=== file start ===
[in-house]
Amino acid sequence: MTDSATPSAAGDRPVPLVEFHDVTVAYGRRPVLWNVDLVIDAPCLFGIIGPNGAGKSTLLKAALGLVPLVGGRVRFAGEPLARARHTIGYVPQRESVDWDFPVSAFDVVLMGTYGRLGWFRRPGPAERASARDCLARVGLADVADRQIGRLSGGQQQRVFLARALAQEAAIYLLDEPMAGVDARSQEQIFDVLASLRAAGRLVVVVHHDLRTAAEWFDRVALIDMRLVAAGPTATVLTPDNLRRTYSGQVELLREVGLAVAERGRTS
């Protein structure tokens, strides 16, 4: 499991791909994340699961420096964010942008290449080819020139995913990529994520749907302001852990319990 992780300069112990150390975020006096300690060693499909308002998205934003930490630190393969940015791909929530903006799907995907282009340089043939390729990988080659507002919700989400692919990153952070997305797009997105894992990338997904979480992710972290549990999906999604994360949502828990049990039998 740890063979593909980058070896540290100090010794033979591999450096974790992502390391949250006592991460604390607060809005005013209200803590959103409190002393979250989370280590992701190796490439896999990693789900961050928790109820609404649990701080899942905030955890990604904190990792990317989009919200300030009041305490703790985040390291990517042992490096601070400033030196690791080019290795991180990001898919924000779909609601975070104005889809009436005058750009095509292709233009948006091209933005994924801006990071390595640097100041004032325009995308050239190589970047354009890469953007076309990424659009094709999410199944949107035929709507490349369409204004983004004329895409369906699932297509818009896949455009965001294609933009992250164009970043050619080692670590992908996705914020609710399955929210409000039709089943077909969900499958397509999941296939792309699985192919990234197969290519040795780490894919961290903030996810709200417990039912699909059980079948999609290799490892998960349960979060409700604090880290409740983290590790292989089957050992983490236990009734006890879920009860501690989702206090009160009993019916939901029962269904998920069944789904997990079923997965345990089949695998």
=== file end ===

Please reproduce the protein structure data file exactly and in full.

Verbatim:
[in-house]
Amino acid sequence: MTDSATPSAAGDRPVPLVEFHDVTVAYGRRPVLWNVDLVIDAPCLFGIIGPNGAGKSTLLKAALGLVPLVGGRVRFAGEPLARARHTIGYVPQRESVDWDFPVSAFDVVLMGTYGRLGWFRRPGPAERASARDCLARVGLADVADRQIGRLSGGQQQRVFLARALAQEAAIYLLDEPMAGVDARSQEQIFDVLASLRAAGRLVVVVHHDLRTAAEWFDRVALIDMRLVAAGPTATVLTPDNLRRTYSGQVELLREVGLAVAERGRTS
């Protein structure tokens, strides 16, 4: 499991791909994340699961420096964010942008290449080819020139995913990529994520749907302001852990319990 992780300069112990150390975020006096300690060693499909308002998205934003930490630190393969940015791909929530903006799907995907282009340089043939390729990988080659507002919700989400692919990153952070997305797009997105894992990338997904979480992710972290549990999906999604994360949502828990049990039998 740890063979593909980058070896540290100090010794033979591999450096974790992502390391949250006592991460604390607060809005005013209200803590959103409190002393979250989370280590992701190796490439896999990693789900961050928790109820609404649990701080899942905030955890990604904190990792990317989009919200300030009041305490703790985040390291990517042992490096601070400033030196690791080019290795991180990001898919924000779909609601975070104005889809009436005058750009095509292709233009948006091209933005994924801006990071390595640097100041004032325009995308050239190589970047354009890469953007076309990424659009094709999410199944949107035929709507490349369409204004983004004329895409369906699932297509818009896949455009965001294609933009992250164009970043050619080692670590992908996705914020609710399955929210409000039709089943077909969900499958397509999941296939792309699985192919990234197969290519040795780490894919961290903030996810709200417990039912699909059980079948999609290799490892998960349960979060409700604090880290409740983290590790292989089957050992983490236990009734006890879920009860501690989702206090009160009993019916939901029962269904998920069944789904997990079923997965345990089949695998």